HISTORY

The program was established in 2010 in line with the vision of the University to develop programs that would address National developmental challenges and contribute to issues of global applicability. We got through NUC verification exercise in May 2011 and the name of the programme, Materials and Metallurgical Engineering (MME), was approved. The programme was also accredited by COREN in March 2013.

We have core lecturers and supportive lecturers from the Faculty of Engineering and Technology and related disciplines. It is of interest to note that 100 Level students are taught by the Faculty of Science and 200 Level students go through general engineering courses domiciled in different departments of the Faculty of Engineering and Technology. We have four laboratories in the areas of Physical Metallurgy, Corrosion

(Chemical and Metallurgical) Laboratory, Mineral Processing/Extractive Metallurgy Laboratory, and Welding, Machining & Fabrication Laboratory. The University acquired a Foundry facilities for the department and this houses sand and mould preparation, pattern shop, melting and fabrication laboratories.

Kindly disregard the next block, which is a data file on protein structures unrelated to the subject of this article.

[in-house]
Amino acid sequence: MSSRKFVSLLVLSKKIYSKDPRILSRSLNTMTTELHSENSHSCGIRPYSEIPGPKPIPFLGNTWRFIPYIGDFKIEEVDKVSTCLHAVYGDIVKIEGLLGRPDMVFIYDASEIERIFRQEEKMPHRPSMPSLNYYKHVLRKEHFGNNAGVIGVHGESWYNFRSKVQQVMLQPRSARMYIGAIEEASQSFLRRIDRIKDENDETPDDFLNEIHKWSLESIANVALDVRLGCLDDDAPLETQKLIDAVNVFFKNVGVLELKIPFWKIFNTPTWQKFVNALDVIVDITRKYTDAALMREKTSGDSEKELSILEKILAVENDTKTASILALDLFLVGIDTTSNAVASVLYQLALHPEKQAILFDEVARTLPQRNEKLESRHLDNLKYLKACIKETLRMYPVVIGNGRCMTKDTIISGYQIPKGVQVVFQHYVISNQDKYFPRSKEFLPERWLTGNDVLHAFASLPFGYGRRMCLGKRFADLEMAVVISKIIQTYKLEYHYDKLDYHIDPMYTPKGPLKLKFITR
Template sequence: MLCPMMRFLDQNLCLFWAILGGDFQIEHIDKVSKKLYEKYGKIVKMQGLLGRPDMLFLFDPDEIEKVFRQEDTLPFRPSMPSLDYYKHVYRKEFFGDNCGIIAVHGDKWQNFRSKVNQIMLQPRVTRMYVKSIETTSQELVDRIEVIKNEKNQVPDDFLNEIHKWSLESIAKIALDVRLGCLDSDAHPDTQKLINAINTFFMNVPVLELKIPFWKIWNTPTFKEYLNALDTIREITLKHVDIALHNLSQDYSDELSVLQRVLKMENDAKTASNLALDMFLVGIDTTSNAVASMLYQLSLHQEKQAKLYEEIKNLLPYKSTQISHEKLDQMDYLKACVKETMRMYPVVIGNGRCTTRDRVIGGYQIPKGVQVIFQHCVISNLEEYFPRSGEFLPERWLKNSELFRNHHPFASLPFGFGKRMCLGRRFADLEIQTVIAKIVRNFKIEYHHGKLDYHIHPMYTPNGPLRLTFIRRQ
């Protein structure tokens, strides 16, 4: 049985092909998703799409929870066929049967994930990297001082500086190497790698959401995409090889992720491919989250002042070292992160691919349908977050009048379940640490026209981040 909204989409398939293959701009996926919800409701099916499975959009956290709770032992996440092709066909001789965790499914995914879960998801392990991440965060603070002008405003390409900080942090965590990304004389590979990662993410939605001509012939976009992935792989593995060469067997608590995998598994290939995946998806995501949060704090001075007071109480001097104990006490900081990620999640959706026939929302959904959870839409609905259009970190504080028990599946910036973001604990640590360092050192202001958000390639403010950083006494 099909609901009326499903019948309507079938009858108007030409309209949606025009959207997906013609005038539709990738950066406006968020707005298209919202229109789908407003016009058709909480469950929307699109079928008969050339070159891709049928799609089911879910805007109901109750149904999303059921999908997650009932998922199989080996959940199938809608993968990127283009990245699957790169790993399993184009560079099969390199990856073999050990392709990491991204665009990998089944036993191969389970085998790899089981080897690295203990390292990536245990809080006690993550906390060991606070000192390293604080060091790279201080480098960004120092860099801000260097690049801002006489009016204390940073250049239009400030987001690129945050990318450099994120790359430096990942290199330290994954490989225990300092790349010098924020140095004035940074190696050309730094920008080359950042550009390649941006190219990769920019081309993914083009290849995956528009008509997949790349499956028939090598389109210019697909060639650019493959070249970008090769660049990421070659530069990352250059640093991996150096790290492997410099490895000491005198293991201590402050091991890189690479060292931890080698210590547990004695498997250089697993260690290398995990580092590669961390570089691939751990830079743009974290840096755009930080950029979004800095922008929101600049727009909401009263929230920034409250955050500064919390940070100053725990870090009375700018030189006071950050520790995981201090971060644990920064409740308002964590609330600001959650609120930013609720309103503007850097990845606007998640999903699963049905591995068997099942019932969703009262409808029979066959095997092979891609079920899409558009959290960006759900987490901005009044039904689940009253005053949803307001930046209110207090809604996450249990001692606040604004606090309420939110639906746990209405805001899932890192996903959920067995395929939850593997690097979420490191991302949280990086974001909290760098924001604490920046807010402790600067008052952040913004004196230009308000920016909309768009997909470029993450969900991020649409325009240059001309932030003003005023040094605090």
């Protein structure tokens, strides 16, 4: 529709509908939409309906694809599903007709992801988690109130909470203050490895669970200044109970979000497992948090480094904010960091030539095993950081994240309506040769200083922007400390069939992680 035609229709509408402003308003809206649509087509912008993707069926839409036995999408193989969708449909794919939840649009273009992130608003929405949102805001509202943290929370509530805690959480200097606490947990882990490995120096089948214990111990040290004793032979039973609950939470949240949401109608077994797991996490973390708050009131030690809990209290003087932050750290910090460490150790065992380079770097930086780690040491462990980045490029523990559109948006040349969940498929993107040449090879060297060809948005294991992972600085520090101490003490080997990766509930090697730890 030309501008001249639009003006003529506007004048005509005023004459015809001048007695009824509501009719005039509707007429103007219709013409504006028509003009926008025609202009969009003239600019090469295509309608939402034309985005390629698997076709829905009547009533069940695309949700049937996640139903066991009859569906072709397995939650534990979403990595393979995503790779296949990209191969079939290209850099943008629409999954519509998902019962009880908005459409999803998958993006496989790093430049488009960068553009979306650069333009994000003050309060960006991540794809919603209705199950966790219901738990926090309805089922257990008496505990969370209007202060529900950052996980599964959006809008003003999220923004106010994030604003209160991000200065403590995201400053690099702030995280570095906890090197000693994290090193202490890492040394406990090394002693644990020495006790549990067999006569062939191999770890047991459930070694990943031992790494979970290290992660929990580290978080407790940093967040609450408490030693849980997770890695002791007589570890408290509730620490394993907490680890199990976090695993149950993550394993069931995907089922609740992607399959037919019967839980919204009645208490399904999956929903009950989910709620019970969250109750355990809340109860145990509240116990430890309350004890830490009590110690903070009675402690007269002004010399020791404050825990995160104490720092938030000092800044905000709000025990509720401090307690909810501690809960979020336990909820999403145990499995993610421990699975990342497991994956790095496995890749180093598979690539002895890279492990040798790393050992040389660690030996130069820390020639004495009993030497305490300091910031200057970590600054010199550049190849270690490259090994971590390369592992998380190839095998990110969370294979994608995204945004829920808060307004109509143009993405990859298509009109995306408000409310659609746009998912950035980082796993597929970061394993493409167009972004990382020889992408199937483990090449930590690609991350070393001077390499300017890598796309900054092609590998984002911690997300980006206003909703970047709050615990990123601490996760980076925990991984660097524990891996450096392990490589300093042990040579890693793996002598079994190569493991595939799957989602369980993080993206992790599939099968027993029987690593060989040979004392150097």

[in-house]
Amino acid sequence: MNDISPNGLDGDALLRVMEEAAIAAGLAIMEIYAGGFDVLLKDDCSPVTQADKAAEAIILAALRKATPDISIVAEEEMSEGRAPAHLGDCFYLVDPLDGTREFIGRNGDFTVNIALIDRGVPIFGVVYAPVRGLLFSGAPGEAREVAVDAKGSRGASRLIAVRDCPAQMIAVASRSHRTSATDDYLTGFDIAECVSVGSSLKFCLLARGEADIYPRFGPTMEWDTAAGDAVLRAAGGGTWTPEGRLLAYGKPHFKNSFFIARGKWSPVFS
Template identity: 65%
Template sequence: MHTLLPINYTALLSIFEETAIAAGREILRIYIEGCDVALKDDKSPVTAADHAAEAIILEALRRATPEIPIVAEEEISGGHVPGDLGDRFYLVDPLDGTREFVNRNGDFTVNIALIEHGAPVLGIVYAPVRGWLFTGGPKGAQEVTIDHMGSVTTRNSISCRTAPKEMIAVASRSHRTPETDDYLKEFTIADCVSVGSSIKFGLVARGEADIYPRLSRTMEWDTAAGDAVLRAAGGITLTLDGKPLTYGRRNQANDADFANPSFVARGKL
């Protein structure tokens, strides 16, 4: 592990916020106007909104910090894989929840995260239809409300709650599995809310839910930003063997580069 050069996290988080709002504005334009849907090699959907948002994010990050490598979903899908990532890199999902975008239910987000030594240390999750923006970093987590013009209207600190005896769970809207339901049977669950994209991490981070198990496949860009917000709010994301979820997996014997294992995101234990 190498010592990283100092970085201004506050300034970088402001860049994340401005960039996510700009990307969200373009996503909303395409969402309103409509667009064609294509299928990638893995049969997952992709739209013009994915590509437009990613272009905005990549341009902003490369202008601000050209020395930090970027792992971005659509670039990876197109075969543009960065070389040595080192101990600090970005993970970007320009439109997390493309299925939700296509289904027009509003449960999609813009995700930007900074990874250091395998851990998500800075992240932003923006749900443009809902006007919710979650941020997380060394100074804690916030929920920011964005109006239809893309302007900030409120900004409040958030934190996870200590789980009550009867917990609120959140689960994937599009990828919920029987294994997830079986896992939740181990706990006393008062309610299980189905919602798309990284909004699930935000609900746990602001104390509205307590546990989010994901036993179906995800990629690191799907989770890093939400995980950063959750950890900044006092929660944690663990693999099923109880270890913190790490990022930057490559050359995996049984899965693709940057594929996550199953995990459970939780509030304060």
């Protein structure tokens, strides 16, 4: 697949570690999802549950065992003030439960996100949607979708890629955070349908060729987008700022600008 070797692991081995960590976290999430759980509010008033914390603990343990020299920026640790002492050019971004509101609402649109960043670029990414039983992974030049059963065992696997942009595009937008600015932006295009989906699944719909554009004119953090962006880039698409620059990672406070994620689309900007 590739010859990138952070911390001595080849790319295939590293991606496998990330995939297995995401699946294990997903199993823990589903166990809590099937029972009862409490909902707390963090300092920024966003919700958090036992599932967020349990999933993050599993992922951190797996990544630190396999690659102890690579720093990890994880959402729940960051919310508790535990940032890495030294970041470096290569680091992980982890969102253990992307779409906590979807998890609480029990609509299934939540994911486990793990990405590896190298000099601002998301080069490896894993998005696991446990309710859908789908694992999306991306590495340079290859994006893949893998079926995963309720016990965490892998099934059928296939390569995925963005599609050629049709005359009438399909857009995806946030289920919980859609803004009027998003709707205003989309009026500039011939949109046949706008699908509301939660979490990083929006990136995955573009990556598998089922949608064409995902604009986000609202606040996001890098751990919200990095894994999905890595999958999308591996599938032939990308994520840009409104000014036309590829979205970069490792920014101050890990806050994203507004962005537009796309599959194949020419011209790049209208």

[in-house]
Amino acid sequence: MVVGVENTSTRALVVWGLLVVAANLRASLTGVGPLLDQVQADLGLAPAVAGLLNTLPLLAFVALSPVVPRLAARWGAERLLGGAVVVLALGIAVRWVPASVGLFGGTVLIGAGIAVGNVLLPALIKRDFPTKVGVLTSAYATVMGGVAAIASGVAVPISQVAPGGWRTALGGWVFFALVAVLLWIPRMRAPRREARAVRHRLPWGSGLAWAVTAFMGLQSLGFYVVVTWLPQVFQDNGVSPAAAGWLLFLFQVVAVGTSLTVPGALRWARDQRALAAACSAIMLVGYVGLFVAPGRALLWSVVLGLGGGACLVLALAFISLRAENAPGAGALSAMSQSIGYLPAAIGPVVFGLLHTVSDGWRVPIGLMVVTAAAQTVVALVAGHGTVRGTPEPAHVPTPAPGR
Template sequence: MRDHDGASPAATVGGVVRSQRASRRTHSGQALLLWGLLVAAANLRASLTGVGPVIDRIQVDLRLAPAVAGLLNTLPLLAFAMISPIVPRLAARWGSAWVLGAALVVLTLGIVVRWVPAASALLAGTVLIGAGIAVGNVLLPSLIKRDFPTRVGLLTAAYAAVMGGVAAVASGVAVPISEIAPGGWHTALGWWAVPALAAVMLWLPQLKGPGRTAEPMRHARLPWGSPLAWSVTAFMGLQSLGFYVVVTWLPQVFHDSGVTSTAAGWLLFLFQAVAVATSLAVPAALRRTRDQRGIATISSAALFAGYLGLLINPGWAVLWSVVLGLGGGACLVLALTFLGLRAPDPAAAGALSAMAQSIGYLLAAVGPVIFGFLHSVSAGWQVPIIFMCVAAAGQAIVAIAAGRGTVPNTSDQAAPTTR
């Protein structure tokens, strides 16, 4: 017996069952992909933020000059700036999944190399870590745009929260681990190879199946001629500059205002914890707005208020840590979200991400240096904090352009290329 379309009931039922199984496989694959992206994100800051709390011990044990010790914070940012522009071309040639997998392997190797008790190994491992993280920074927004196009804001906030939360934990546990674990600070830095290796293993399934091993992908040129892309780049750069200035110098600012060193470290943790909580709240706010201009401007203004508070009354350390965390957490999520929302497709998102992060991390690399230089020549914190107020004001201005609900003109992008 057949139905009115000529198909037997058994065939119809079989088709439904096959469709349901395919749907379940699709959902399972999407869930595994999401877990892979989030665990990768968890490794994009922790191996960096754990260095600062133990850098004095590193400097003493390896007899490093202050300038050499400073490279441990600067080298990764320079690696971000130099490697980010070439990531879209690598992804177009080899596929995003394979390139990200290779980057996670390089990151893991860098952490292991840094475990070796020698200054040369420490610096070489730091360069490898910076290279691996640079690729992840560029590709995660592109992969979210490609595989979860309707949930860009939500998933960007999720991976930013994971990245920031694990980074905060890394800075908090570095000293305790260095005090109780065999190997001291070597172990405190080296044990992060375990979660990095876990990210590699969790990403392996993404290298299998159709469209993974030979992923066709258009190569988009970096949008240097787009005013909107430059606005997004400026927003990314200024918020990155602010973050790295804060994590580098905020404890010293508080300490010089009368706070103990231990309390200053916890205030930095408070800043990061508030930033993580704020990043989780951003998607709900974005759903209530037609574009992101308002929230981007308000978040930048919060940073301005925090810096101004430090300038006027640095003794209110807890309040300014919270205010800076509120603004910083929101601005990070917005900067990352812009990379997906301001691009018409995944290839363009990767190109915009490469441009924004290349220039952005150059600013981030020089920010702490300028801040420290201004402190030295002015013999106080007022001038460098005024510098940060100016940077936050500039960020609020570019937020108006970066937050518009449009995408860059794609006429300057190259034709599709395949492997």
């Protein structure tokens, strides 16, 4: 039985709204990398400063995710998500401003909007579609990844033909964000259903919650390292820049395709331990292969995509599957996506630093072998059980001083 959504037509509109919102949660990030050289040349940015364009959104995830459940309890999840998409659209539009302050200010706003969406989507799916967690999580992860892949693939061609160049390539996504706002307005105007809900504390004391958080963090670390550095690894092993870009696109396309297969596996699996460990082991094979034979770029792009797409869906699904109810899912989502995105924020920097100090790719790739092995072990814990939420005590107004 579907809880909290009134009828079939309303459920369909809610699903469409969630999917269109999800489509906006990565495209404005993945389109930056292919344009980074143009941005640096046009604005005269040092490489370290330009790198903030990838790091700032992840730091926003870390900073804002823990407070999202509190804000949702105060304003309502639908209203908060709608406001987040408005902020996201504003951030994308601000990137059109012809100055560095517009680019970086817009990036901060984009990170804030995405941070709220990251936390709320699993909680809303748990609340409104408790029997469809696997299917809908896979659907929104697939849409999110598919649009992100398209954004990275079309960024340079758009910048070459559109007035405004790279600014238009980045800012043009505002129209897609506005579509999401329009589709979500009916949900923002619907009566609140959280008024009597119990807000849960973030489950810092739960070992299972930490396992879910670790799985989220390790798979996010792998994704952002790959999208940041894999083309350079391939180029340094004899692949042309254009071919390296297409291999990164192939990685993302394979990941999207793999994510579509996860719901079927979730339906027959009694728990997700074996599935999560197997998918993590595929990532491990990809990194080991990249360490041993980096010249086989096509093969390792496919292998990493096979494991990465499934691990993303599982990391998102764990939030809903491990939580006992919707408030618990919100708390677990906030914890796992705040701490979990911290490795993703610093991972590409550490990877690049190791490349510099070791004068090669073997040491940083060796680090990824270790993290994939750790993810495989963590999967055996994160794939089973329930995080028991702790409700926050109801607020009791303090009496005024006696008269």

PHILOSOPHY

The programme is to provide academic training for prospective Engineers who will make use of the several solid minerals abound in the country to solve engineering problems and make life more comfortable for humans. It will also develop unique materials that can sustain the challenges of the present day and propel the nation to her vision 20-20-20.

OBJECTIVES

The main objectives of the program include, but not limited to:

  1. Providing the necessary high-level manpower for metals and materials industries that are rapidly developing, including the Oil and Polymer industries;
  2. Providing Materials Engineers that are capable of effecting changes to imported technologies to meet local needs through research and development;
  3. Providing manpower for the development and sustenance of materials and metallurgical engineering program in the nation’s institutions of higher learning;
  4. Training graduates that are self-sufficient as job providers and serving the parts needs of our industries, thereby supporting the local content policy of the Federal Government;
  5. Providing a solid base for the pursuit of higher degrees (M.Sc., Ph.D.) across the world;
  6. Identifying the limitations of our students and to make a real effort at providing compensating corrective measures; and,

Making continuing reappraisal of our curriculum to ensure its consistency with the goal of the training for national development within the allowed parameters of time and resources.